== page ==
The rights of indigenous groups and communities do not always make headlines, but a new initiative aims to change that. Today, more than 300 individuals and organizations launched the Global Call to Action on Indigenous and Community Land Rights (GCA). The campaign aims to double the amount of land legally recognized as owned or controlled by Indigenous Peoples and communities by 2020, and eventually, secure lands for all communities and Indigenous Peoples. Securing this land can not only protect indigenous and community groups’ livelihoods, it can help foster more sustainable development and combat climate change.

The Problem of Insecure Land Tenure

Communal lands, all lands and natural resources that fall under the customary governance of communities and indigenous groups, may extend over more than 8.54 billion hectares—an estimated 65 percent of the global land area—and involve more than 2.5 billion people. Yet only 10 percent of the world’s land is legally recognized as belonging to communities, and 8 percent is designated by governments as community land.

The remaining communal land—perhaps 50 percent of the world’s land—is held under customary tenure arrangements but not formally recognized in law, leaving it insecure and vulnerable to being taken. It’s a principal reason that Indigenous Peoples and communities, especially those in Africa, Asia and Latin America, are consistently losing their land to governments and corporations for economic development and commercial investment purposes.

That’s a problem because land and natural resources such as forests, water and wildlife are primary sources of livelihood, nutrition, income, wealth and employment for communities in much of rural Africa, Asia and Latin America, but also Canada, Australia and other developed nations. These collectively held lands provide security, status, social identity, and a basis for political relations. For many rural communities, communal lands are also historically, culturally, and spiritually significant.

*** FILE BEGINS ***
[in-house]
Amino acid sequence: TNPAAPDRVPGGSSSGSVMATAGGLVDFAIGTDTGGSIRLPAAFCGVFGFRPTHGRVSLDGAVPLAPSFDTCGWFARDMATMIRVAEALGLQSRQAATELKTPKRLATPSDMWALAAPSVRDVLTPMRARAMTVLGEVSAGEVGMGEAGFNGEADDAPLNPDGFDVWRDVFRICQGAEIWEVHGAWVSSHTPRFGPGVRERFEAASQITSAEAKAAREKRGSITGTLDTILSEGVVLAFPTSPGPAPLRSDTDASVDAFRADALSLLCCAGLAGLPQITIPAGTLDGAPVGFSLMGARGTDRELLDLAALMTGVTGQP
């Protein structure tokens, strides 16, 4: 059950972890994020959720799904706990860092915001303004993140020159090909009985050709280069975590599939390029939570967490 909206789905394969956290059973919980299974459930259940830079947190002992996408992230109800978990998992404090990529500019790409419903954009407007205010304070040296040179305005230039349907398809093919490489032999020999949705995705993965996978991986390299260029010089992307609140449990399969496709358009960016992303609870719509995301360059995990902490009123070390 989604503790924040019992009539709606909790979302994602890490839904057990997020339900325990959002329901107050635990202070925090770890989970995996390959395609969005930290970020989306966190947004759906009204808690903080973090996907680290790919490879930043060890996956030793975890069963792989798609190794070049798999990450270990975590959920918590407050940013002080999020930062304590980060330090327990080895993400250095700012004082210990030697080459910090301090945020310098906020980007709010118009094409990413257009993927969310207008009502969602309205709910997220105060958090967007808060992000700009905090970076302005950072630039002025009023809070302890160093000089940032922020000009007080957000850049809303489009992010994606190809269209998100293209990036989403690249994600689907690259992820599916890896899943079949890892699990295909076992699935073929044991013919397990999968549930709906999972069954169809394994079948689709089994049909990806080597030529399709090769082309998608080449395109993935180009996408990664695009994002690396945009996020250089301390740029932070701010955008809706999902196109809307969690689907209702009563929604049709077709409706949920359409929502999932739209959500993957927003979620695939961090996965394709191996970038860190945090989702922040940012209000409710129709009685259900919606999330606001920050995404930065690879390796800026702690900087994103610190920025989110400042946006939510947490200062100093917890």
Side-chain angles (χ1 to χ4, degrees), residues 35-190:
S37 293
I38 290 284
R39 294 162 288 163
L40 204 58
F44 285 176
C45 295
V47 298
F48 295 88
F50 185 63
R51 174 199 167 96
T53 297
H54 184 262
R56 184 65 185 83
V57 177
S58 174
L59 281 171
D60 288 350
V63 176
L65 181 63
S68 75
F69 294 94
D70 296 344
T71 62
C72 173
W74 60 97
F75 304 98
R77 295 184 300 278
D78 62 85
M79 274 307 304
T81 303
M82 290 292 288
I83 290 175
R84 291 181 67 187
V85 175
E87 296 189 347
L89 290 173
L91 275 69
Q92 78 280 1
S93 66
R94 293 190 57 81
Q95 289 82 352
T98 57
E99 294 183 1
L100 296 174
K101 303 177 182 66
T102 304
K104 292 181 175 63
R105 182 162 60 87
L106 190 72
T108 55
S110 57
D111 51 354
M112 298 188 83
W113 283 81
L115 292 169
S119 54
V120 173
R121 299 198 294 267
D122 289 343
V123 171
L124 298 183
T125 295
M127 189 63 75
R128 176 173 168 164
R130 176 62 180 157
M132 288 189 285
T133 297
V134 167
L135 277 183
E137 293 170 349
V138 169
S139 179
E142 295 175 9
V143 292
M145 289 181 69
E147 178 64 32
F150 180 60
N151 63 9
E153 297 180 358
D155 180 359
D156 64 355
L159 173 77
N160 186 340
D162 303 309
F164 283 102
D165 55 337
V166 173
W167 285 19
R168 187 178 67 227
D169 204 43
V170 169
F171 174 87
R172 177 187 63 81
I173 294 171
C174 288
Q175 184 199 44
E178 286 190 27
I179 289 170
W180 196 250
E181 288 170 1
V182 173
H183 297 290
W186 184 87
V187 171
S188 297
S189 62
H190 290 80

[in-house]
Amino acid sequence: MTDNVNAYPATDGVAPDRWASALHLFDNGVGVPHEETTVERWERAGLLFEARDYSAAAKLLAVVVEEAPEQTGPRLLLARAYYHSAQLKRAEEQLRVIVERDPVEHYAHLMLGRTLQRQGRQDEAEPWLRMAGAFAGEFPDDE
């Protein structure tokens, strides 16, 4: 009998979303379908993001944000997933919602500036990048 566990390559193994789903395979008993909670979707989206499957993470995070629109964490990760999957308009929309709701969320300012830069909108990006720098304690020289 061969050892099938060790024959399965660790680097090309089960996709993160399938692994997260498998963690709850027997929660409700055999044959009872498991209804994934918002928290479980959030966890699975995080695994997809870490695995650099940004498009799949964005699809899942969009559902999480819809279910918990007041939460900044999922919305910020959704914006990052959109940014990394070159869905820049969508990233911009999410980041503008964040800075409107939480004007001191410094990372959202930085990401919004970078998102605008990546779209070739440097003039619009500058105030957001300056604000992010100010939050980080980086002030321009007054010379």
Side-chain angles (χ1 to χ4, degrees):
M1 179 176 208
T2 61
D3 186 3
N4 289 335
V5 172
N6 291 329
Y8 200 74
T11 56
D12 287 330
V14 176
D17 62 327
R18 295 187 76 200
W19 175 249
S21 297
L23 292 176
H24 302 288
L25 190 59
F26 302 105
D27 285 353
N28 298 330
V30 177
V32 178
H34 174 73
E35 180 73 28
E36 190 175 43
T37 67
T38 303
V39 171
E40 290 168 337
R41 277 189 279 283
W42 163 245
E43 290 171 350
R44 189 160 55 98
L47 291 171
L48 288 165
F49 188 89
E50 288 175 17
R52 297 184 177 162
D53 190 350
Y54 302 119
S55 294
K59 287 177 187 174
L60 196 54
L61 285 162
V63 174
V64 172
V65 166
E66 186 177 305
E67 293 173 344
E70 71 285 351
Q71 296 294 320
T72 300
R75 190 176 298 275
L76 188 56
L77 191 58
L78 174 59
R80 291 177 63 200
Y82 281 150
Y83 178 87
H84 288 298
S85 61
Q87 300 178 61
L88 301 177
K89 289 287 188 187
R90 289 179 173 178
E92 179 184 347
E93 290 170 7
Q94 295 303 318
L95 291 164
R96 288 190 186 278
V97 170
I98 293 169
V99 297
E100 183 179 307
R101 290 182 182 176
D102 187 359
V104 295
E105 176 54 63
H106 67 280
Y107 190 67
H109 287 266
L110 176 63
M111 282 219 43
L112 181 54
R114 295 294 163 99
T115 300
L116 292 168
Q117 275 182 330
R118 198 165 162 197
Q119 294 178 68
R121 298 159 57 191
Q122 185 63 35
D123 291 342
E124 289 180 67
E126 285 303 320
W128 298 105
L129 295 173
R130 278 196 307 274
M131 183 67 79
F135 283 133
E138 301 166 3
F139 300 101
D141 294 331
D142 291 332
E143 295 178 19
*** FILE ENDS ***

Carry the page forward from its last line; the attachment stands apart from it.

Community lands also play a vital role in mitigating climate change. Research shows that even the small amount of forests legally recognized as belonging to communities holds 37 billion tonnes of carbon, 29 times the annual emissions of all the passenger vehicles in the world. Communities and indigenous groups also tend to be better land stewards than other stakeholders—research shows that forests managed by communities have considerably lower deforestation rates than surrounding areas.

Achieving the New Global Goal for Secure Land Rights

Achieving the GCA goal and target will require action by communities, civil society, government, companies and donor agencies, including:

  • Governments must ensure their laws formally recognize communal lands, and that their actions protect indigenous and community land rights;
  • Companies and investors must ensure their land-based investments adhere to international land rights standards, such as the Voluntary Guidelines on the Responsible Governance of Tenure, and do not undermine communal land rights;
  • Indigenous Peoples and communities, with the help of civil society organizations, can be proactive by mapping their communal lands, developing sound land-use plans, and obtaining official documentation from the state for their land.
  • Development assistance agencies can target their technical and financial support to help governments and civil society organizations contribute to securing land rights.

Regularly taking stock of progress made on the GCA is also critical to doubling the amount of community land under secure tenure by 2020. LandMark, an interactive global map, tracks lands that are used and occupied by Indigenous Peoples and communities, including lands that are legally recognized and lands that are held only under customary tenure arrangements. The platform also provides assessments of how well national laws protect these lands. LandMark, a product of a collective effort involving 13 leading land rights organizations, will be used to monitor the actions taken by governments and others to strengthen and protect communal land rights.

This tracking process is important because we know that when land administrations maintain information systems or publish tenure maps that include communal lands, these lands are better protected. In the absence of existing public information, communal lands are invisible. Transparency reduces the likelihood that such occurrences go unnoticed.

The GCA provides an occasion for the world to take action to protect communal lands. Let’s seize the opportunity, and help safeguard the livelihoods and wellbeing of Indigenous Peoples and communities around the world.